18 total posts
Is that the same one I'm looking at?
The moon was bright the area was well lit and now it's like the inside of a cows belly.
unless you count the satilites
Actually, I think that was Saturn to the lower left.
same cow *but kosher :-)*
strange what we take for granted.... sunset, moon, eclipse and now it's almost sunrise time again, and all that in 12 hours....
you guys stop peeping at my moon
right now breaking out. SE 80 degrees above horizon 2020 EST
couldn't ask for a better night
crisp 20 (USA) wispy breeze, moody tangerine/pumpkin moon framed perfectly by three stars and my big oak silhouette , plenty of winter-spring constellations. I want a space ship
impressive is almost an understatement but I couldn't say it better
wonder how it looks from space station
It was freaking cold out there !!!!
Missed it. My
back porch faces the wrong way.
Chamber of Commerce: 'NM has just a handful of obscured days each year.'
One of them last night.
hey you are lucky
we let JW have sunshine, don't push it.
for us free-spirit-pagans it lasted 3 days in case we had other things to do plus two daytime shows for the truly unfaithful.
on the darker side, it was a pretty sight, and the first one I have seen in years because of unfavorable weather. hope we are around for the next one even if we don't see it.
knock til you drop (from friendly r & r phrase)
Ratio of earth to sun distance, to
ratio of earth to sun diameter = 1. Therefore perfect eclipses.
Coincidence? Evolution? Or free entertainment ... ?
HEY!! dr and others that missed eclipse
this is how it look to me. that sounds like I belong to a private club. so me and a few billion unshackled folks that it belongs to:
grim gets bonus points for knowing saturn was nearby in the sky.
the following from the link:
Moon watchers blessed with clear skies over the Americas, Europe, Africa and western Asia enjoyed a total lunar eclipse this week. Catching eclipsed moonlight, astroimager Jerry Lodriguss offers this view of the inspiring celestial event with the shadowed Moon accompanied by wandering planet Saturn at the left, and bright Regulus, alpha star of the constellation Leo, above. The engaging composite picture was made by combining a filtered, telephoto image of the Moon and surrounding starfield with a telescopic exposure. The combination dramatizes the reddened moonlight while clearly showing the variation of brightness and color in Earth's not-so-dark shadow across the lunar surface.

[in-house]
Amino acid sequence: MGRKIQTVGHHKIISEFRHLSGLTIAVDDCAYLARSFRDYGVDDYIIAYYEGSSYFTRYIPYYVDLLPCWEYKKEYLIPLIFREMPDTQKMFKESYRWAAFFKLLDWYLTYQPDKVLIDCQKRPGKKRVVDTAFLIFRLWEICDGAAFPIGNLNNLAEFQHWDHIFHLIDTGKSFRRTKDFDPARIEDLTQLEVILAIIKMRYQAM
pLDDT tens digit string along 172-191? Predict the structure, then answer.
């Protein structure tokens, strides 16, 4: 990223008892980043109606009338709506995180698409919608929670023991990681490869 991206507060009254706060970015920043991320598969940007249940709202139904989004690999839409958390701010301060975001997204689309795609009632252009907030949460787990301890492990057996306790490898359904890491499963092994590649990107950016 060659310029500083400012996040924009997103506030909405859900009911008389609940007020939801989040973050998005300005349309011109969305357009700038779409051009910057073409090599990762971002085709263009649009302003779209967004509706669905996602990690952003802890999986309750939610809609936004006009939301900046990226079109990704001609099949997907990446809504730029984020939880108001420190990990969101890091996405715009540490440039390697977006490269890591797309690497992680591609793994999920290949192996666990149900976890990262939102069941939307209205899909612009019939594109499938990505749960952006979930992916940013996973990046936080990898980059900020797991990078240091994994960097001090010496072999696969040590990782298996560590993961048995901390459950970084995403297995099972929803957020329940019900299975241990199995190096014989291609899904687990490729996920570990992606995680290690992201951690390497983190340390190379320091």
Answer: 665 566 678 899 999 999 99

....Twelve Lunar Eclipses...
text for above:
" Explanation: Welcome to the extra day in the Gregorian Calendar's leap year 2008! To celebrate, consider this grid of lunar eclipse pictures - starting in leap year 1996 and ending with February's eclipse - with the date in numerical year/month/day format beneath each image. Mostly based on visibility from a site in Turkey, the 3x4 matrix includes 11 of the 13 total lunar eclipses during that period, and fills out the grid with the partial lunar eclipse of September 2006. Still, as the pictures are at the same scale, they illustrate a noticeable variation in the apparent size of the eclipsed Moon caused by the real change in Earth-Moon distance around the Moon's elliptical orbit. The total phases are also seen to differ in color and darkness. Those effects are due to changes in cloud cover and dust content in the atmosphere reddening and refracting sunlight into Earth's shadow. Of course, the next chance to add a total lunar eclipse to this grid will come at the very end of the decade."
Beautiful photos... thanks for posting them.
I may have to make a new wall paper for my desktop out of this one.
I go to APOD everyday.. some amazing stuff in & out there
it might be one of those
that if you stare at it for a sufficient period they will start to 'wobble in their randomness'.
a past-time for 'cabin feverites'?